My favourite season for many years was autumn, because autumn meant the end of summer. Why would anyone welcome the end of summer? The answer is that I grew up in Montreal on the upper floor of a duplex in a time before air conditioning. (Okay, it existed, but our budget stretched to a few feeble fans, and that was it.) And Montreal is an island in the middle of a river, in a river valley. That means that when summer comes along and the temperature steadily rises, there’s a lot of humidity to make it feel even hotter than it is. Every summer, I spent July and August feeling like a lobster being slowly simmered to death. Trying to get to sleep on a hot, humid, muggy (like humid but worse—it’s a word we used a lot but which I haven’t heard in years), and seemingly airless July night was torture. I hated summer.
Fortunately, my parents had a solution. I wasn’t the only Montrealer who dreaded and then hated July. Thousands fled every summer to the Atlantic Ocean—to Maine, Massachusetts, or New Jersey, to the seashore, where, though it might be hot, cool breezes blew in off the ocean and made summer bearable, at least for a while, and the motels had air conditioning. (I know it doesn’t sound terribly patriotic to admit that we fled to the United States, but it was a lot closer than the Maritimes.)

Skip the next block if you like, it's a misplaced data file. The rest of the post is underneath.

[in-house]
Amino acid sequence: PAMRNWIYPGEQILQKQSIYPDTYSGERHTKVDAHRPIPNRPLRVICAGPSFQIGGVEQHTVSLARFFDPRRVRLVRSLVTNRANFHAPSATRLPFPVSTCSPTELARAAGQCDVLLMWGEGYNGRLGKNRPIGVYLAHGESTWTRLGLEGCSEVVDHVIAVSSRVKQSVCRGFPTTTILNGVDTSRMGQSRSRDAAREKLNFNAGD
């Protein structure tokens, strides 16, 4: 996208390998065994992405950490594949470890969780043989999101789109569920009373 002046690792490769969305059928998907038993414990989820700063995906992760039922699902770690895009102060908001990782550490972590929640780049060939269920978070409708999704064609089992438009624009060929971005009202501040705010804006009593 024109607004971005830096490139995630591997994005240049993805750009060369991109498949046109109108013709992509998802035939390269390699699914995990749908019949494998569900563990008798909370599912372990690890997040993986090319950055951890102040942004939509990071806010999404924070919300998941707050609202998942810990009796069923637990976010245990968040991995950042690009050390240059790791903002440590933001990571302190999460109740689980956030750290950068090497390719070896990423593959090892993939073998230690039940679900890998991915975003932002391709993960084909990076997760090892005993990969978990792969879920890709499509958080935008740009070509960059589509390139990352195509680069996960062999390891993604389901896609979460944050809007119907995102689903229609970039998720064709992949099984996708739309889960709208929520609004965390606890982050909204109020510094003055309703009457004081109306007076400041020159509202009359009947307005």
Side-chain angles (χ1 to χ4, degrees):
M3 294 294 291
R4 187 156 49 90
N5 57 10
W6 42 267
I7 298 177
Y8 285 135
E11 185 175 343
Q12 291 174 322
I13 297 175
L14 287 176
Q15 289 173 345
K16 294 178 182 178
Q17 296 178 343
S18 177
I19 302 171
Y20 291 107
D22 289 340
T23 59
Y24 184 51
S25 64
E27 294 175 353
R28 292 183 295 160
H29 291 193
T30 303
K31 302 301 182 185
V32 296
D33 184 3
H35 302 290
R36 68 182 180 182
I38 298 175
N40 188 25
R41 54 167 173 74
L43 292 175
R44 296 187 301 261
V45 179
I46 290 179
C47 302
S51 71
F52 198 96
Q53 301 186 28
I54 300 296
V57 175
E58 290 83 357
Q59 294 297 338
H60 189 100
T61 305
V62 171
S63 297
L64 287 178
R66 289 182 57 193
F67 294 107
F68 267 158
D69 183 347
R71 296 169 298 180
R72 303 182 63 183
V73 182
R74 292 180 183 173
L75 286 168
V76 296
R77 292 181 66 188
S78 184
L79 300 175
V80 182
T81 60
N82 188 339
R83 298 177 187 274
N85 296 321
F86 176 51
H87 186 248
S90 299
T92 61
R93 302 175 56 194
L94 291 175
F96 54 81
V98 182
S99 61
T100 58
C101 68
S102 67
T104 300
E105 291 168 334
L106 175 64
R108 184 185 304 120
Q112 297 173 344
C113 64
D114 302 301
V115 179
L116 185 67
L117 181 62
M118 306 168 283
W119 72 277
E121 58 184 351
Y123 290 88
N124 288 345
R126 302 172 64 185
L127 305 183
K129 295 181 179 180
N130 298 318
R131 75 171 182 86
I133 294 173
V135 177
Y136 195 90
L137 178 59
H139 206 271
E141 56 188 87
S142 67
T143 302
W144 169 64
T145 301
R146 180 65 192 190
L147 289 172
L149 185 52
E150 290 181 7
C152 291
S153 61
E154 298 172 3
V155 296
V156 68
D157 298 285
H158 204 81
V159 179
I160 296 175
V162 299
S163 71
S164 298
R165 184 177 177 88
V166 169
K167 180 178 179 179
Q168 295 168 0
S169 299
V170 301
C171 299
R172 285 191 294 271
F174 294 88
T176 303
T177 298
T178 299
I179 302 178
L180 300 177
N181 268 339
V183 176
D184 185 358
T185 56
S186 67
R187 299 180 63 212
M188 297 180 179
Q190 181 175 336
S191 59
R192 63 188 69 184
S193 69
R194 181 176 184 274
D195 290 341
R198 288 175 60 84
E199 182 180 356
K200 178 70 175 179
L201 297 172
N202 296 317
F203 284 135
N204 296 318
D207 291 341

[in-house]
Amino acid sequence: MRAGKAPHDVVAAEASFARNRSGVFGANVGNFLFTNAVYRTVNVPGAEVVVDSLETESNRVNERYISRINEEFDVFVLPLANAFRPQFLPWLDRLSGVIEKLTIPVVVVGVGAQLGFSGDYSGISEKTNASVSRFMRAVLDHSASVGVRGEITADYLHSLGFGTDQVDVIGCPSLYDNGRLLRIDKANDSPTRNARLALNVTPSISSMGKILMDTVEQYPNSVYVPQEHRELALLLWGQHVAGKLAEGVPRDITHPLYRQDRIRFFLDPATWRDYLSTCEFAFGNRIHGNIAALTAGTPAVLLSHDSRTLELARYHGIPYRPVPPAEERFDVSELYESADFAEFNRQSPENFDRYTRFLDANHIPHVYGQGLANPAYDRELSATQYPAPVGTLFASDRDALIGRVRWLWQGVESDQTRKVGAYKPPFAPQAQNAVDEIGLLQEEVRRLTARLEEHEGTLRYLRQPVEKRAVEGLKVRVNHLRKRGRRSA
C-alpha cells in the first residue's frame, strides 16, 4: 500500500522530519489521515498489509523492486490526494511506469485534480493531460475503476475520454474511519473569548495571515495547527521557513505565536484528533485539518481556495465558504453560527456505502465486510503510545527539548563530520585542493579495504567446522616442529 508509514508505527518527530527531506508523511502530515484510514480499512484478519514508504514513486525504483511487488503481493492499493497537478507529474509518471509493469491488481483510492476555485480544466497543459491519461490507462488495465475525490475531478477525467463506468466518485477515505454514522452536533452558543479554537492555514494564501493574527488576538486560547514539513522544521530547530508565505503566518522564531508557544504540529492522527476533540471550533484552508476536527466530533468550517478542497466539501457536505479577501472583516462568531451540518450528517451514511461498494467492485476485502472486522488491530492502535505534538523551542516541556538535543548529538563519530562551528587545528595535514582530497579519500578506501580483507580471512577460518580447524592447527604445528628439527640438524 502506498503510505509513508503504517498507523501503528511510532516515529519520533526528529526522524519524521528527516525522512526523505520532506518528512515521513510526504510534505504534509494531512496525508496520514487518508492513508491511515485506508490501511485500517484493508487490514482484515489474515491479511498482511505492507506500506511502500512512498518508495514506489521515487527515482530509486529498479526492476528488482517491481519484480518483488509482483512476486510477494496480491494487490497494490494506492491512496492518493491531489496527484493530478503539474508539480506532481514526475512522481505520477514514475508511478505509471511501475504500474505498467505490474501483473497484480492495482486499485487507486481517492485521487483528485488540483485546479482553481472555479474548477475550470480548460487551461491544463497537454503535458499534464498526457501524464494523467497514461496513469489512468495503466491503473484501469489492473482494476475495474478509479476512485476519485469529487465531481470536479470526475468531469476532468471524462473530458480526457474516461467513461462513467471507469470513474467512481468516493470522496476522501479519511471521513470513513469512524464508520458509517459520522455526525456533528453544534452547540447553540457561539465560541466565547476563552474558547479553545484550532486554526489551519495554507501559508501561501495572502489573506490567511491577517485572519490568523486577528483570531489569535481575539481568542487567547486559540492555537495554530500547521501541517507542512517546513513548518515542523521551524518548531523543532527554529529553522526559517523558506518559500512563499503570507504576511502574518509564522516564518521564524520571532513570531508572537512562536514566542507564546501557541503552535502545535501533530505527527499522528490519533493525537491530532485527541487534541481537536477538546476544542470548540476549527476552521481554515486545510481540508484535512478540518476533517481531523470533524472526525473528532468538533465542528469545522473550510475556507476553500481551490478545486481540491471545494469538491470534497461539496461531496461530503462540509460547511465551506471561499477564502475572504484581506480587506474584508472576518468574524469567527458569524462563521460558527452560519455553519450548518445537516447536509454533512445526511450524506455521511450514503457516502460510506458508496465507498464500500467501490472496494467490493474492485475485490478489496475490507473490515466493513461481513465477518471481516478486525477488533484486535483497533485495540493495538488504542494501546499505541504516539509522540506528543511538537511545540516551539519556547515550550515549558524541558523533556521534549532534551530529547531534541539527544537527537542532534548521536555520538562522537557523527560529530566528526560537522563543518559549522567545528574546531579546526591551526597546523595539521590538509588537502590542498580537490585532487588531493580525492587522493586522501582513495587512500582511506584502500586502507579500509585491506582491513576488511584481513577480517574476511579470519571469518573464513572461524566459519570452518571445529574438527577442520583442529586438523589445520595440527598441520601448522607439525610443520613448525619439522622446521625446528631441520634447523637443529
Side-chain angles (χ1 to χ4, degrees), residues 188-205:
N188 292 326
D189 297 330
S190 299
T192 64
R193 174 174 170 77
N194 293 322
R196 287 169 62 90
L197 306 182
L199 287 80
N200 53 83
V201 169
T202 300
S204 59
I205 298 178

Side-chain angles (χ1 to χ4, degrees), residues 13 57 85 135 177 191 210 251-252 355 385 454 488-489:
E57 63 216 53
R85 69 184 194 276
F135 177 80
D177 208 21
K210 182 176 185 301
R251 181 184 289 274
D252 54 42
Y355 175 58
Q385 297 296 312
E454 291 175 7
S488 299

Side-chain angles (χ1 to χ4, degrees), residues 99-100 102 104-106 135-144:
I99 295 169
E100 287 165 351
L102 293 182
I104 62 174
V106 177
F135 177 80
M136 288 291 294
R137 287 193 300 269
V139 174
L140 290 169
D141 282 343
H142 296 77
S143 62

And so almost from the day school ended in June, my siblings and I would almost every day reach under our parents’ bed for the small green suitcase that held the promise of relief—and, as more and more summers went by, a lot of nostalgia. We would plop it on the bed, open it, and leave the muggy heat behind as we oohed and aahed over postcards, maps, and the brochures from the seaside motel to which we knew we’d be returning. The pictures of our summer refuge and the nearby beach kept us happy for hours as we both reminisced and planned. We were going to Atlantic City and the famous Dennis Hotel.
By the mid-1960s, Atlantic City—once a booming seaside resort—still retained much of its glamour and charm, but the city was slowly becoming more and more rundown. We children didn’t notice. Even the Dennis, once a multi-star destination, found its stars fading, and the grand hotel had added a less expensive motel extension. We stayed there, a full city block from the famous Boardwalk and the beach. We didn’t notice the distinction. Other visitors dined in the dining room or in restaurants; we, though cooking in the room wasn’t allowed, feasted every night on Beefaroni heated up in an electric frying pan. We loved it.
The annual respite my parents made possible stretched their budget to the breaking point—and, I suspect, beyond it. But they wouldn’t deny us, and they made the necessary sacrifices, including living on Beefaroni, to make it possible. When the muggy days of July come round every year, I have the memories they gave us to help me get through them, and I am grateful. Sometimes, I even have Beefaroni for lunch—just because.